The Case of Xi Jinping’s Missing Words: Who Took the Constitutionalism?

Official versions of Chinese leader's speeches censored
September 11, 2014 5:45 am Last Updated: September 11, 2014 9:34 am

In a recent speech, Chinese Communist Party leader Xi Jinping discussed “constitutionalism,” but one would never know it from the official accounts. The liberal-leaning financial news website Caixin upstaged the state-run media by running the complete text of Xi’s speech, with the expurgated parts in a grey box at the top.

What this all means is open to debate.

In China, where apparently minor changes in the regime’s propaganda can signal important messages from the leadership, this set of circumstances raised some eyebrows.

The rule of law and constitutionalism are politically fraught concepts in China. One possible interpretation for their absence in any of the state reportage is that Liu Yunshan, the head of propaganda and ideology, saw to it that these parts were cut. Liu’s motive for doing so may have to do with the power struggle currently rocking the Chinese Communist Party (CCP).

Liu Yunshan is a member of the Politburo Standing Committee, the Party’s nerve center, and more importantly is a political protégé of Xi Jinping’s now arch rival, former Party leader Jiang Zemin. Jiang Zemin has a penchant for stacking the leadership with those who owe him something—as witnessed during the leadership transitions of 2002 and 2007. He and his cronies are also major targets of Xi Jinping’s current political purge.

As one of three officials (out of seven) in the Standing Committee whose allegiance can be traced to Jiang, Liu Yunshan could be serving his old master in censoring Xi’s writings, rather than his putative new one.

Another potential scenario is that Xi Jinping is deliberately using the business magazine Caixin to publish messages that are inconvenient to propagate through official channels. Caixin has been an ally of the anti-corruption campaign, publishing exclusive, inside details of the takedowns of officials over the past 18 months, and Xi is known to have been friends with Caixin’s founder, Hu Shuli.

The speech in question is titled “Address Celebrating the 60th Anniversary of the Establishment of the National People’s Congress.”

It is a fairly standard political discussion for a Chinese leader, reciting the need for the cadre corps to “have firm faith in the path of socialism with Chinese characteristics, faith in the theory, and faith in the system.”

Party members, moreover, were instructed to “struggle to realize the China dream of rejuvenating the Chinese nation.” The speech contains a summary of modern Chinese history from the perspective of the Communist Party, and concludes that the CCP is—surprise, surprise—best suited to leading China into the future.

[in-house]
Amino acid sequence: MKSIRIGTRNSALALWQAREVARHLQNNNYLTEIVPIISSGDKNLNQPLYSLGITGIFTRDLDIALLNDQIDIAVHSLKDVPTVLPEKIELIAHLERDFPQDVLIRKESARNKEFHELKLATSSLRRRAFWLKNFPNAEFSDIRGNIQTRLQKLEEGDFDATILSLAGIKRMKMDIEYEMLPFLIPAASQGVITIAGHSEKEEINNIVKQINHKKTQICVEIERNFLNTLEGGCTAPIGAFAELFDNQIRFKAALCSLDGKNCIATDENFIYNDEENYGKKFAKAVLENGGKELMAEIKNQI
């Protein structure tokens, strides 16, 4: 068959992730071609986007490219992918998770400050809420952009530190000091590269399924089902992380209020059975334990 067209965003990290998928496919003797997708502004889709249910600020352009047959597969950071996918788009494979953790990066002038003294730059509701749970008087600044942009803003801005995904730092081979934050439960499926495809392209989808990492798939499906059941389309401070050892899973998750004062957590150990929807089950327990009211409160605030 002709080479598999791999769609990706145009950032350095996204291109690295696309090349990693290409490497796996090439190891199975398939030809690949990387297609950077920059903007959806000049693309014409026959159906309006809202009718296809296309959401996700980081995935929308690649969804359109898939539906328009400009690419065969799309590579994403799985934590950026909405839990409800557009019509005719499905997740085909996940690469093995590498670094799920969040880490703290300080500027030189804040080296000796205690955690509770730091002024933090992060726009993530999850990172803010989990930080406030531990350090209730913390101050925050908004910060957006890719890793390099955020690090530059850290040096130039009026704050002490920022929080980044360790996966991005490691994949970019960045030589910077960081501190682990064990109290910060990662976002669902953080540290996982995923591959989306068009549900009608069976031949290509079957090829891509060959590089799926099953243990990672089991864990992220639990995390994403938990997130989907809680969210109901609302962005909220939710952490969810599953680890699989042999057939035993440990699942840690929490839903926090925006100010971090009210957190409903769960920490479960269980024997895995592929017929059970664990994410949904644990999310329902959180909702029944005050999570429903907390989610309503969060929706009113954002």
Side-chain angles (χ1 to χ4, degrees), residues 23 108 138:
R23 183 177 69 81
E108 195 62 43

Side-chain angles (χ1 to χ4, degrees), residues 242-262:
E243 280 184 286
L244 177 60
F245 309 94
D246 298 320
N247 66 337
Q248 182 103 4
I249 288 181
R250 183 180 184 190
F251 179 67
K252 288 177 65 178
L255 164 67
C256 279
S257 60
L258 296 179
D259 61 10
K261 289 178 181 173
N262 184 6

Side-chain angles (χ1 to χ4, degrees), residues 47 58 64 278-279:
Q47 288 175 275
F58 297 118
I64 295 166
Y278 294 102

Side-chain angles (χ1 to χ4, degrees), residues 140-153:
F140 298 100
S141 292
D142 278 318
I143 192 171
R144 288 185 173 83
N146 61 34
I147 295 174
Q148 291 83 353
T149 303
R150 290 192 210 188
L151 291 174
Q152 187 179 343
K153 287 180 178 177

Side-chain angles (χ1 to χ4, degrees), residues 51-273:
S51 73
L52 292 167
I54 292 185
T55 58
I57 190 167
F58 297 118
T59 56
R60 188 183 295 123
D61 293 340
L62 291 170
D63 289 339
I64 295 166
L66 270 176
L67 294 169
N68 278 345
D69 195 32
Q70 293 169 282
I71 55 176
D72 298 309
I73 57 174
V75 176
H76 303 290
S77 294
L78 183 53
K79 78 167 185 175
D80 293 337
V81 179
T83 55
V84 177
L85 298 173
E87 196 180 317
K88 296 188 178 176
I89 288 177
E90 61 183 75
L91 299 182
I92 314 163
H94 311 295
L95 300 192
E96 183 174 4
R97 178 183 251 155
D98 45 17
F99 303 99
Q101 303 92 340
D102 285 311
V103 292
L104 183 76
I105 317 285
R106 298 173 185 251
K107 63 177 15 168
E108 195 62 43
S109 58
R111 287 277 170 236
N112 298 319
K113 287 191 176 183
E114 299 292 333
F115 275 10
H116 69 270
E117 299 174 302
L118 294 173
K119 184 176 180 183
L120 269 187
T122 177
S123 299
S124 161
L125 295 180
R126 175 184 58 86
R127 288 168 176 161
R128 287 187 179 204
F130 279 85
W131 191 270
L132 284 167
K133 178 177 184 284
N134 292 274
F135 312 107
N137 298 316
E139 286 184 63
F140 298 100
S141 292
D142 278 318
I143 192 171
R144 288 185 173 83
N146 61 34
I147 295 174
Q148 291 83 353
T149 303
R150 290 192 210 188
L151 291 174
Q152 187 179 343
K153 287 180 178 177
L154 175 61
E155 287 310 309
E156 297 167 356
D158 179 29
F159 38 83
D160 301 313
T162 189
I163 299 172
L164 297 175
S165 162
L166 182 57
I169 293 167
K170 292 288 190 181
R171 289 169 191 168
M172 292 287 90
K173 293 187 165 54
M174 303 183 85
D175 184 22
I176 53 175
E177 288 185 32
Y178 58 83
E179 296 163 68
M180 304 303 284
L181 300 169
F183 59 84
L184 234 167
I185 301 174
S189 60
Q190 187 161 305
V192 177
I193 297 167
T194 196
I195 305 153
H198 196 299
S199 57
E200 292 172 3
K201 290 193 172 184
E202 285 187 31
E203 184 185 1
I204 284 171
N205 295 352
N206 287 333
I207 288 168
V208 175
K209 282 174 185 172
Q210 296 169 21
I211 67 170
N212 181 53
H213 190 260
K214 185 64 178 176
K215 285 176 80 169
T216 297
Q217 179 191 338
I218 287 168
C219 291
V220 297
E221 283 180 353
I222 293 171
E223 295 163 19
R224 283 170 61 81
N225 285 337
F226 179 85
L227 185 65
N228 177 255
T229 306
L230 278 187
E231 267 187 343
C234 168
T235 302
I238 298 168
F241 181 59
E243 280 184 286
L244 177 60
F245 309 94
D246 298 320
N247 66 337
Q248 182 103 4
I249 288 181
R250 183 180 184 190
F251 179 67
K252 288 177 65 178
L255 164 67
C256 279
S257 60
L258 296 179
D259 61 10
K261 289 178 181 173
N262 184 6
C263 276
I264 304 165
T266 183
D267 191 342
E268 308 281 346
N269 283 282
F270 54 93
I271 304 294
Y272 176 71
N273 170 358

Xinhua, the official mouthpiece of the People’s Republic of China, contains both a report about that speech and an “analysis” of it. Analyses carried by official media are often a way for Party propagandists to present an apparently third party interpretation of recent policy announcements and explain them further for readers.

But Xinhua did not carry the speech itself, as spoken by Xi Jinping. The organization did not respond to a question by email. Quite often the full text of speeches by Xi Jinping and other Chinese leaders is available on Xinhua or People’s Daily, the mouthpiece of the Party’s Central Committee.

Caixin, though, carried the speech in its entirety, and it included several key, sensitive political phrases, that did not appear in the Xinhua summary or subsequent reporting. Caixin did not respond to an enquiry asking where it obtained the full text of the speech.

The phrases that Caixin included and official channels did not were that the Party must “use the constitution to rule the country,” and that for rule of law to be established in China, “power must be exercised in accordance with the constitution.”

Evidently having sensed the importance of these claims, Caixin put both of them in its precis of the speech, in a grey box at the top, lest readers otherwise miss out. (The two phrases were nestled about a third of the way through the speech, in the middle of a paragraph about the need to perfect the institution of the National People’s Congress.)

The significance of these phrases stems from the fact that constitutionalism is a glaring void in the Chinese regime. Constitutionalism is predicated on the law being the foundation of order and power, rather than the will of a self-appointed elite, i.e., the Chinese Communist Party. Xi Jinping has made other similar comments—for example that “power should be restricted by the cage of regulation.”

Constitutionalism has lately been a regular subject of discussion among Party ideologues, reformers, and intellectuals in general in China, but these ideas run in deep conflict with the ideological DNA of the Party.

The CCP is a Marxist-Leninist revolutionary organization, an “alliance of workers and peasants,” as the current Chinese constitution puts it. The Party is the tool of “the people’s democratic dictatorship” and is therefore implicitly the source of order and power—and forever above the law, or constitution.

While political meddling by Liu Yunshan is a potential explanation for the absence of the speech, and this language, from the official press, Xi Jinping’s own propaganda imperatives may also be behind it.

Qian Gang, a scholar of Chinese media, pointed out in an editorial for the Chinese edition of the Wall Street Journal that the recent book publication of Xi Jinping’s collected speeches silently omitted several crucial speeches that Xi gave. Both of them related to constitutionalism.